The Qualification Opportunities Act was introduced by the grand coalition four years ago. According to the Federal Ministry of Labor, however, only a few successes have been celebrated so far.

The Grand Coalition’s Qualification Opportunities Act has not brought about the hoped-for boom in further vocational training. Since the law came into force four years ago, around 119,000 people have started subsidized further training, the Federal Ministry of Labor said at the request of the editorial network Germany (RND). From the point of view of medium-sized companies, this is a disappointing result, according to the BVMW medium-sized companies association.

According to the Ministry of Labour, the main reason for the decline in subsidized training is the corona pandemic. “In 2019, 34,554 employees started subsidized professional development. Due to the pandemic, the number of entries in the following year, 2020, was somewhat lower at 29,842,” a ministry spokeswoman told the RND. “In 2021, with 33,983 admissions, the pre-pandemic level was almost reached.” By August 2022, with 20,136 admissions, there was an increase of 11.9 percent compared to the same period last year, it said. All in all, that’s 118,515 people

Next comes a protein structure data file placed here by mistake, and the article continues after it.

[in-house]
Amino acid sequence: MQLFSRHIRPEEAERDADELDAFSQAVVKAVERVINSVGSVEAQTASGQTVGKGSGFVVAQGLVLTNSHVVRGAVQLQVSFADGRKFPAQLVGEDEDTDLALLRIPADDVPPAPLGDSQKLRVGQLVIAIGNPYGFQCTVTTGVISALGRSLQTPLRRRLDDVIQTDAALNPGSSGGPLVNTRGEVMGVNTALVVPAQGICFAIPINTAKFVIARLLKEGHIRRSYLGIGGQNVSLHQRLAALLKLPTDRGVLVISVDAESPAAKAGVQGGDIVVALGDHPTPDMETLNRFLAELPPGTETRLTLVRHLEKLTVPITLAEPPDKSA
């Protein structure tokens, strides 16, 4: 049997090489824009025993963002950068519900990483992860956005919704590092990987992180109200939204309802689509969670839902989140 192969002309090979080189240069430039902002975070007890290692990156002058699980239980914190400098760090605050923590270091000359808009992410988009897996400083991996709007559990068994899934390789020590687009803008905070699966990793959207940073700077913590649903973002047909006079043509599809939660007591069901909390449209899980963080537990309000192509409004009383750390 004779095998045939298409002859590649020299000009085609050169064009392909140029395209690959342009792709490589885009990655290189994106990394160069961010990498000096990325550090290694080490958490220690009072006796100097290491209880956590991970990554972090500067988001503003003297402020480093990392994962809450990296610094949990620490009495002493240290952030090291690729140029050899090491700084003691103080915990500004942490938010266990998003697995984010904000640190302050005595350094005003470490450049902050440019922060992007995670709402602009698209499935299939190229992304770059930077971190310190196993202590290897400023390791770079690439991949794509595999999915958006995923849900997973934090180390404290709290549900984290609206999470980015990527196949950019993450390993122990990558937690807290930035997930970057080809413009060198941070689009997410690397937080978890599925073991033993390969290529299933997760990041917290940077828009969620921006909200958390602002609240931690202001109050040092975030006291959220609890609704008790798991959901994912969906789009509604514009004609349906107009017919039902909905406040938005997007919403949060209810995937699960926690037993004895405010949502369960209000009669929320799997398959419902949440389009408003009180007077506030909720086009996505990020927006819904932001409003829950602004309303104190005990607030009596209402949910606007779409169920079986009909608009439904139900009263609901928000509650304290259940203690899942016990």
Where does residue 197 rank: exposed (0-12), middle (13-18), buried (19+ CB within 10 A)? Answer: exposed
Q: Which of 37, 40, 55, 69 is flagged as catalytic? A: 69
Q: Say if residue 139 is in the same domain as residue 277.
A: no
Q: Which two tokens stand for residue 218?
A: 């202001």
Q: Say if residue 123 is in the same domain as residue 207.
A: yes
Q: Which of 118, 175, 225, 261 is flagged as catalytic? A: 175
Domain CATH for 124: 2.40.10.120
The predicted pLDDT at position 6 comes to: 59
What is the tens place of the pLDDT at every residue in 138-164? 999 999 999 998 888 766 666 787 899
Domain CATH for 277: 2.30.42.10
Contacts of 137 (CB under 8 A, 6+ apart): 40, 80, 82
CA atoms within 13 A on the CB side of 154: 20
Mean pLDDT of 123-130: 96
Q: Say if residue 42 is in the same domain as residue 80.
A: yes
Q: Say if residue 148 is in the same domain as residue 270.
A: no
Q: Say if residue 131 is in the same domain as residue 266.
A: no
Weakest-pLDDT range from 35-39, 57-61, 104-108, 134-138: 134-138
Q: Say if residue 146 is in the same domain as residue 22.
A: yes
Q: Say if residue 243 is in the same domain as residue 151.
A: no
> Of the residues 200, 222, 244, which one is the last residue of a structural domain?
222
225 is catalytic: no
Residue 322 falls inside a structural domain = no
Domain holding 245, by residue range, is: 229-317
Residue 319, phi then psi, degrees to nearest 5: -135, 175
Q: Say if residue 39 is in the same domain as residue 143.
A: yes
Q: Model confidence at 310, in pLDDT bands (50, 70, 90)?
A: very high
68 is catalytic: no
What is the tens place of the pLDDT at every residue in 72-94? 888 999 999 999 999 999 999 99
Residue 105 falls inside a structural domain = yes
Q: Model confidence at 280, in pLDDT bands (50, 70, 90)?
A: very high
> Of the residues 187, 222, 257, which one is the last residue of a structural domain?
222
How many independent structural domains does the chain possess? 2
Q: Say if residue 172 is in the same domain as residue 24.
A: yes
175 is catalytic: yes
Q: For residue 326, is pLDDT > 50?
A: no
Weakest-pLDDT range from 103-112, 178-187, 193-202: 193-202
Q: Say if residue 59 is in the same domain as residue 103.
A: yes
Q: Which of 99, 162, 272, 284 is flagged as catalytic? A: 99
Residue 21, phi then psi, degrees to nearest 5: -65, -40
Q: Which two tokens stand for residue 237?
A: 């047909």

The Mittelstandsverband BVMW suggested to increase the number of further training courses, “that wage costs should also be taken over for the replacement of the workforce in the company – i.e. not only for the employee who is currently undergoing further training,” said BVMW boss Markus Jerger to the RND. “In our opinion, this would lead to a real boom in demand for further training and qualifications.”

The Qualification Opportunities Act came into force on January 1, 2019 to counteract the shortage of skilled workers as a result of structural change. The law is intended to promote further training measures for employees – the job centers will partially cover the costs.